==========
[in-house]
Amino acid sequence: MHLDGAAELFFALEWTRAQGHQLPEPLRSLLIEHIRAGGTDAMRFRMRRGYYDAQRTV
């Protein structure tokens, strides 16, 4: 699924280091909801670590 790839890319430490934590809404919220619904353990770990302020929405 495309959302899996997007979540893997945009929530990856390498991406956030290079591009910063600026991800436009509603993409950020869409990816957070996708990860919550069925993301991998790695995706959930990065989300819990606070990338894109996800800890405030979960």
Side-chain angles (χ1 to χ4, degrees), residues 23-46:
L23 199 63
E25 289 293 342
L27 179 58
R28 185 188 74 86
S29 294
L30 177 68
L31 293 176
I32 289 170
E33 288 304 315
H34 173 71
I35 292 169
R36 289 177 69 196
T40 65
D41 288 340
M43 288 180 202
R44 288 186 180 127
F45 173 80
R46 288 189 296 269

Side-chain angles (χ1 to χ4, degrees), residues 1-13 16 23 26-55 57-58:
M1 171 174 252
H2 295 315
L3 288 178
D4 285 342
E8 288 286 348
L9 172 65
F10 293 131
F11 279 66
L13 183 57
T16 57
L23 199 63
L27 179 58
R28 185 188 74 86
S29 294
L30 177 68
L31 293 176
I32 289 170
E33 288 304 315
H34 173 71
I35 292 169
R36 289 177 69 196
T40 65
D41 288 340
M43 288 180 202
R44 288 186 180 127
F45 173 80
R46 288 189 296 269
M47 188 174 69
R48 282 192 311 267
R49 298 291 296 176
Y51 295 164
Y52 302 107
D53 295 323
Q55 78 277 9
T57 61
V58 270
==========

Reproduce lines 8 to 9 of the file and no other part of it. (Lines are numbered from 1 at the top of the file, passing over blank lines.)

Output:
R28 185 188 74 86
S29 294